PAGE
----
Frosty the Snowman

Age 16 to 18
Challenge Level

You might find the following useful!

  • Surface area of a sphere:  $A=4 \pi r^2$
  • Volume of a sphere: $V=\frac 4 3 \pi r^3$

Can you write down a differential equation connecting $V$ and $A$, using what you have been told about the rate at which the volume decreases?

We are told that for each snowball the volume decreases at a rate which is proportional to the surface area, so we have: $$\dfrac{\mathrm{d} V}{\mathrm{d} t}=-kA \quad \text{where} \quad k>0$$

Can you rewrite the differential equation in terms of $r$?

Substituting for $V$ and $A$ gives: $$ \quad \; \; \; \dfrac{\mathrm{d}}{\mathrm{d} t}(\frac 4 3 \pi r^3)=-k\times 4 \pi r^2$$ $$ \; \;  \implies 4 \pi r^2 \dfrac{\mathrm{d} r}{\mathrm{d} t} =-k\times 4 \pi r^2 $$ $$ \implies \dfrac{\mathrm{d} r}{\mathrm{d} t} =-k$$

It might be helpful to use notation like $r_1=$ radius of head, $r_2=$ radius of body. 

Can you solve the differential equation to find $r_1$ and $r_2$ in terms of $t$?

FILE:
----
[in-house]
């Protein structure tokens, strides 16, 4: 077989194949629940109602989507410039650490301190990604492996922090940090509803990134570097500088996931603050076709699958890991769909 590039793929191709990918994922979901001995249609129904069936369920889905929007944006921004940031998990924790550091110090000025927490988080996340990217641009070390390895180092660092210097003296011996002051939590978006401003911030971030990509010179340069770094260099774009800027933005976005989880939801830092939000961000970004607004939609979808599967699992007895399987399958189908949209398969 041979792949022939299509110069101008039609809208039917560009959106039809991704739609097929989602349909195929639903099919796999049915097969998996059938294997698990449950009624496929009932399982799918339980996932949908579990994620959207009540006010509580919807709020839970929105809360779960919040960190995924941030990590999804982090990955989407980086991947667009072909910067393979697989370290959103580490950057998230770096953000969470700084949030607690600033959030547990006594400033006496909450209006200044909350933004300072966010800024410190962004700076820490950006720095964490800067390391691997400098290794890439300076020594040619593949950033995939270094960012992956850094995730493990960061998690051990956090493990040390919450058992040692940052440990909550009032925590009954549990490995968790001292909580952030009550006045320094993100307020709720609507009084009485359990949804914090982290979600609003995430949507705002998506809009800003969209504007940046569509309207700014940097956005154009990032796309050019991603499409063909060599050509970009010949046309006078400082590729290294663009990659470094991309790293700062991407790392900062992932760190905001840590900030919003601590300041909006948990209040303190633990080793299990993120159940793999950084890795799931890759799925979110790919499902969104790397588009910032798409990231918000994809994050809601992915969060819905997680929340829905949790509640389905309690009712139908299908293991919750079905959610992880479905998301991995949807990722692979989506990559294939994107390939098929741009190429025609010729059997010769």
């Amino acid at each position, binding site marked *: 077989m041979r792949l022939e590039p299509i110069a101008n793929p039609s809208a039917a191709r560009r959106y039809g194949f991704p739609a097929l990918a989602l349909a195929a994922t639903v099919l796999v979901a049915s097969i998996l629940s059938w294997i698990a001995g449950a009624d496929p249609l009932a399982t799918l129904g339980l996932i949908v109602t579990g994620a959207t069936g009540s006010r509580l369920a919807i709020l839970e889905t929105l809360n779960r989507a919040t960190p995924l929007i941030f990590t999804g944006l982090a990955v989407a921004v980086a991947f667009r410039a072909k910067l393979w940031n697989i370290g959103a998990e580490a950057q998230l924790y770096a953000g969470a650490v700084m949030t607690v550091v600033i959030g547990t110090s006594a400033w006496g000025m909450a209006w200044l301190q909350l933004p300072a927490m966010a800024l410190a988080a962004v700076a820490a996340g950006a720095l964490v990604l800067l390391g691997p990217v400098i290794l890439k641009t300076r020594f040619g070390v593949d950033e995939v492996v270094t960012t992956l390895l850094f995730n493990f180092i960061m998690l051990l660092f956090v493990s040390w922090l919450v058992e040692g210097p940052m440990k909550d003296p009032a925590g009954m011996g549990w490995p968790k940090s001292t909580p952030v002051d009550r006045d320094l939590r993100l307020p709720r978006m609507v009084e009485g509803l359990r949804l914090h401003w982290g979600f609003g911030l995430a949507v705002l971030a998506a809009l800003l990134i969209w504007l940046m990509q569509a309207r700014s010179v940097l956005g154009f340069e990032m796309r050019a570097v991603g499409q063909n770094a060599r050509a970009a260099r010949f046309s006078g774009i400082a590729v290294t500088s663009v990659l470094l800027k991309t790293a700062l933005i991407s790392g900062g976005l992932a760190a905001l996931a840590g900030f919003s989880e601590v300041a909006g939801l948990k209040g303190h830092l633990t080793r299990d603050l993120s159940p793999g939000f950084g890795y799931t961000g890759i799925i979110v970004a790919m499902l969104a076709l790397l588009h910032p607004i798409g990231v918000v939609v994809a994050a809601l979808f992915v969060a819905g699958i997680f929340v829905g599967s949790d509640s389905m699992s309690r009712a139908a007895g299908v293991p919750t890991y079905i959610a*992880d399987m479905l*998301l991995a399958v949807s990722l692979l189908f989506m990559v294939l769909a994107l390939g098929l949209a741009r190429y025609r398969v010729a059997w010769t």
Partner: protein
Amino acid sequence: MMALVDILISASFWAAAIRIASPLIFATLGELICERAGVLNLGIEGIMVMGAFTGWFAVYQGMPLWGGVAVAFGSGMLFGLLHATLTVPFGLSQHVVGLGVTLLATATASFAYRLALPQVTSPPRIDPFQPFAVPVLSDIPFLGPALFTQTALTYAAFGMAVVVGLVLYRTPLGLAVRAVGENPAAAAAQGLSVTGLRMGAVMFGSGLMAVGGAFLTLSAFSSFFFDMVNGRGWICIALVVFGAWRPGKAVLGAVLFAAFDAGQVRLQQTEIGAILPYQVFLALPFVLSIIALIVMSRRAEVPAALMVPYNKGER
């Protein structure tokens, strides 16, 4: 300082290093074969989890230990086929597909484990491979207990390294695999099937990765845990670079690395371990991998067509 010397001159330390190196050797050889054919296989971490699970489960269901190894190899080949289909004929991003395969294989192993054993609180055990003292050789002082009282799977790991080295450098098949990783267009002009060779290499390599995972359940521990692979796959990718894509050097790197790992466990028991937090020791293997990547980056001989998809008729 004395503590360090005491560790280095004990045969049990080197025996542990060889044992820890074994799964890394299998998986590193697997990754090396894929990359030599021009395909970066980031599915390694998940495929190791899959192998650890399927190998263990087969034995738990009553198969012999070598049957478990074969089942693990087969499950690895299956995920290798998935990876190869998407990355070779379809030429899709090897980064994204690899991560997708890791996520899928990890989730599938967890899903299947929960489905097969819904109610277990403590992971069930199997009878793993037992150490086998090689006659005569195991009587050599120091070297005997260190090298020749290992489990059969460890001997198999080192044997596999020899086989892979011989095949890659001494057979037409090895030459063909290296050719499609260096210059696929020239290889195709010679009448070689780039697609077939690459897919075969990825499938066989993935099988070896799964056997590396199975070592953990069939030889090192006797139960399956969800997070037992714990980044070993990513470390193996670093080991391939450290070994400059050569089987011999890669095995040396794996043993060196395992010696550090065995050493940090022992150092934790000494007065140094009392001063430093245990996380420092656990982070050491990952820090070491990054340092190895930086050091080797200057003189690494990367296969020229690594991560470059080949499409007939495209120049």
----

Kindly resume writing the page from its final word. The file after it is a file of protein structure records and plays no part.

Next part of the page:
Integrating with respect to $t$ gives: $$r=-kt + c$$ Using the initial values of $r_1$ and $r_2$ gives: $$r_1=-kt+2R$$ $$r_2=-kt+3R$$

Can you write the height of Frosty ($h$) as a function of $r_1$ and $r_2$? (it might help to draw a sketch of Frosty!)  Can you write $h$ in terms of $t$?

If you draw a picture of two circles, one on top of the other, you should find that $h=2r_1+2r_2$. Substituting the expressions for $r_1$ and $r_2$ gives $h=2(-kt+2R)+2(-kt+3R) = -4kt+10R$

What is the initial value of $h$?  Can you find an expression for $t$ when the height is half the initial height?  

Can you use this value of $t$ to find out the radii of the two snowballs at this time?  Use this to find the volumes of each one.

What is the total volume of Frosty at the start?  What is the total volume when the height is half the initial height?  Can you find a simplify a ratio between these two total volumes?

At what point does Frosty's head disappear?

In terms of $R$, how tall is Frosty when his height is one tenth of the initial height?  What does that tell you?